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- The Summer 2005 Collection of Character Likenesses -
1. Featured Story:
"The Deviant Dead"
PHANTACEA on the Web
- written by Jim McPherson
© copyright 2005 Jim McPherson
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Greetings. Welcome, or welcome back.
The usual 'Hestia Housekeeping' section is immediately below. (Click here to find out why I call it such.) The FAC ('Fantasy, of the Anheroic-variety, Coyotes') section, what someday may become the equivalent of a PHANTACEA FAQ ('Frequently Asked Questions') sheet, is now elsewhere.
Beneath the 'Featured Story' section next door are lynx to a number of typically idiosyncratic mini-essays and Character Likeness studies I've prepared over the years for on the Web. They illustrate some of the peculiar perspectives I've developed while writing the PHANTACEA Mythos.
Contact me [firstname.lastname@example.org] and feel free to ask any questions you might have regarding PHANTACEA. I'll do my best to answer them either directly or right here in 'pHpubs'.
Yep, I've done it again: Turned a perfectly decent, 400-500 page novel into a 700-page 'magnum opus'. At least this one didn't come back as monstrously huge as my 2002 revision of 'The Moloch Manoeuvres' did. More on the latest revision momentarily.
Traditionally I begin my 'What's New' section of pHpubs with a link to where I put its previous update. Now that that's done, we can get on with this edition of Hestia Housekeeping. So what is new in the Summer 2005 edition of PHANTACEA on the Web?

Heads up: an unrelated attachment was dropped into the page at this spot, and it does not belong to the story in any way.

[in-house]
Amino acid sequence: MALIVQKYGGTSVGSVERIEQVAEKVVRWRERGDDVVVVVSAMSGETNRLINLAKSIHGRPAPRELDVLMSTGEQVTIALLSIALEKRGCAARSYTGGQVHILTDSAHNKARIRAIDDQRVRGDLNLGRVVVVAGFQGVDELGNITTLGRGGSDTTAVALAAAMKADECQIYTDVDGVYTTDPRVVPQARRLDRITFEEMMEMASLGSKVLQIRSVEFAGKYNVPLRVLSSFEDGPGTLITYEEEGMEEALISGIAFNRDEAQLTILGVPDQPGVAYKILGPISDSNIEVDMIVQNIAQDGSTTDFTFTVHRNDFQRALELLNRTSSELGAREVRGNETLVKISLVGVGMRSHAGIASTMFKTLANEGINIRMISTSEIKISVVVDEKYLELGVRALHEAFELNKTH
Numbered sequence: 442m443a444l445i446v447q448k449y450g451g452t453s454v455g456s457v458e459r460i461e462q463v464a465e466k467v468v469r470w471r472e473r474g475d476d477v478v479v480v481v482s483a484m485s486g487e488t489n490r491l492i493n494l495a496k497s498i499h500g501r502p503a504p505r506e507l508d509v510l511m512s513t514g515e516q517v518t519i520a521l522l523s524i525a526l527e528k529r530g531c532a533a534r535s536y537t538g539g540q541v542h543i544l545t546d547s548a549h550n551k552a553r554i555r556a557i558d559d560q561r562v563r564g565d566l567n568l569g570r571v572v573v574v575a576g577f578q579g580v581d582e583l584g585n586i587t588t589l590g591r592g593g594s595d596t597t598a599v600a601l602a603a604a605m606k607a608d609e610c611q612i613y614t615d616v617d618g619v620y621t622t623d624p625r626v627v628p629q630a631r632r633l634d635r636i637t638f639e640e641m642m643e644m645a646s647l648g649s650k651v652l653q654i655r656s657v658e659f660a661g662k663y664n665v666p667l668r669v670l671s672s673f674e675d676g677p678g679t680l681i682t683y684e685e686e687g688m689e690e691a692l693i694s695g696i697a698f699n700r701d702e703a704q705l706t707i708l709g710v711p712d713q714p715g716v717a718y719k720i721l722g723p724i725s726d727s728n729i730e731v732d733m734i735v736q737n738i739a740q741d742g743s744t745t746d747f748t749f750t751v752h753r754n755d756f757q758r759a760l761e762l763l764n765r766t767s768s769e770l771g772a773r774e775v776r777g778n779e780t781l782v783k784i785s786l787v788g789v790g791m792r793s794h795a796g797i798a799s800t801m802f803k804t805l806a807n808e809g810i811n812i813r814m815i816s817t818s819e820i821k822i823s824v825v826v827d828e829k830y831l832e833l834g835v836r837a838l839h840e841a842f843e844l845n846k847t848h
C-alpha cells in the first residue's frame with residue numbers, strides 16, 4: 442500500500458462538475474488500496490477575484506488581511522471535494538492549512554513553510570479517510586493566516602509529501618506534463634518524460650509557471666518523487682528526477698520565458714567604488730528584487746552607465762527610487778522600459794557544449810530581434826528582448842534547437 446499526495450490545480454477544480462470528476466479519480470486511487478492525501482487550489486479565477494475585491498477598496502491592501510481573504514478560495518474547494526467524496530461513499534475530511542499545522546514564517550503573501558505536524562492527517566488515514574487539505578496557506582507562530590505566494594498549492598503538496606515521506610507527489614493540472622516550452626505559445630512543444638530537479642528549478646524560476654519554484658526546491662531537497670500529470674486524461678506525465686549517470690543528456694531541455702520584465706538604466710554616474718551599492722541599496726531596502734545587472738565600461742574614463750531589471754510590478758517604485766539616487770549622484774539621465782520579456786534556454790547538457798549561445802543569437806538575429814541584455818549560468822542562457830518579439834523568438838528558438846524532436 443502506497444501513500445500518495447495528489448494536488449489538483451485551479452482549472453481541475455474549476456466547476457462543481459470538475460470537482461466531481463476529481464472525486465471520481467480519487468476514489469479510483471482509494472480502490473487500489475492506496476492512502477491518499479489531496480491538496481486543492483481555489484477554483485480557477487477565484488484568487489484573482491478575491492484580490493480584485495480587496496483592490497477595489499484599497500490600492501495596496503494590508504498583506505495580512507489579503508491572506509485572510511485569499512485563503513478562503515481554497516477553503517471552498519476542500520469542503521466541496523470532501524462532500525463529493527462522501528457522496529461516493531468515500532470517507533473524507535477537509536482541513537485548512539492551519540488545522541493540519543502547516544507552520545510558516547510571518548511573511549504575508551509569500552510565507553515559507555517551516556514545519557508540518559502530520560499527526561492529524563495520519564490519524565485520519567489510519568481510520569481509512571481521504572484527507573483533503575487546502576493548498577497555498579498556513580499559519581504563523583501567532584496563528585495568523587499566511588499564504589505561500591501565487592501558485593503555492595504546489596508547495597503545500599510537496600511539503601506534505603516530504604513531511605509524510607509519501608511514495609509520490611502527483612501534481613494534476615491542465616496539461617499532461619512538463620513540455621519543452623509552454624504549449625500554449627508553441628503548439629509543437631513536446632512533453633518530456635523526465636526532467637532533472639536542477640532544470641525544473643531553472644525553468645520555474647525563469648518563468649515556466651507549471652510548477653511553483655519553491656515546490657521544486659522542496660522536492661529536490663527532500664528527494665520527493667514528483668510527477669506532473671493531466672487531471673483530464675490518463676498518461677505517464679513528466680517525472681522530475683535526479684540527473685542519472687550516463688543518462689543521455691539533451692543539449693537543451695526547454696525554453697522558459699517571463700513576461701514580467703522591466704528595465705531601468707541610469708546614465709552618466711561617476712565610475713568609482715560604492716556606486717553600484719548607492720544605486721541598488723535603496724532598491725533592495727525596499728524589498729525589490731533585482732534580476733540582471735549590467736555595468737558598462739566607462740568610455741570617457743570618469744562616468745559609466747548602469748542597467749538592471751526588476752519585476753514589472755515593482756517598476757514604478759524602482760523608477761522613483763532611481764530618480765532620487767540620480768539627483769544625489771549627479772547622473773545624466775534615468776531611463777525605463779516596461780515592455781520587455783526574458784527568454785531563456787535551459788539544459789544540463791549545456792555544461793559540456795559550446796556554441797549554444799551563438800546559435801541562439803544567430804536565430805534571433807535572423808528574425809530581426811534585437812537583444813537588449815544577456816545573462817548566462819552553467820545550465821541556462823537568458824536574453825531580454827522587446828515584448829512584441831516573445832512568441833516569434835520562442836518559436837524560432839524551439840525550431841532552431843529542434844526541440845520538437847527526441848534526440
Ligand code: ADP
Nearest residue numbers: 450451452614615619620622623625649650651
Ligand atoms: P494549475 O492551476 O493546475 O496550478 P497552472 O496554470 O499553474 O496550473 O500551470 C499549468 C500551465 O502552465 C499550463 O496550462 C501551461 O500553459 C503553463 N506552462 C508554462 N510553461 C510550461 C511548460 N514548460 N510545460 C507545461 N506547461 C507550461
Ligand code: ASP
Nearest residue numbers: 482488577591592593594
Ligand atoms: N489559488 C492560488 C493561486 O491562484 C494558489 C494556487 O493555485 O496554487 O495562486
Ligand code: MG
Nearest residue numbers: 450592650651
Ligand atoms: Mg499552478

There are also synopses for the last three installments I put up. That includes one for: . Additionally all three chapters to which these synopses refer should still be available for your fee-free perusal. (No synopses for the three new ones yet, however.)
What else? Sooth said I can't recall all of what's new this time up. I can tell you I added an entry in the Terms pages for Garudas and enlarged the already existent ones for Utopian eye-staves and Trigon. Also put an new entry in the Serendipity section.
Next door there's a list of lynx to mini-essays I've done or redone of late. There's also three more Character Likeness studies, as I refer to these mini-essays, down below in the topic section. There's plenty of new graphics to go with them as well.
For the Winter 2004/05 edition of PHANTACEA on the Web I set up "The Covers Gallery". That's where I placed an assortment of potential covers I'd designed over the years for some of my not-as-yet print-published novels.
Perhaps PHANTACEA perversely, one of the dust-covers I lodged there was intended for 'Wilderwitch's Babies, Part Two: Tsishah's Twilight', a novel I'm still in the process of writing.
(Its cover is still there. So is a new dust-cover cover for 'The War of the Apocalyptics' and the full cover for the revised version of 'The Trigregos Gambit', which follows WarPoc in 'The Launching of the Cosmic Express' Tetralogy.)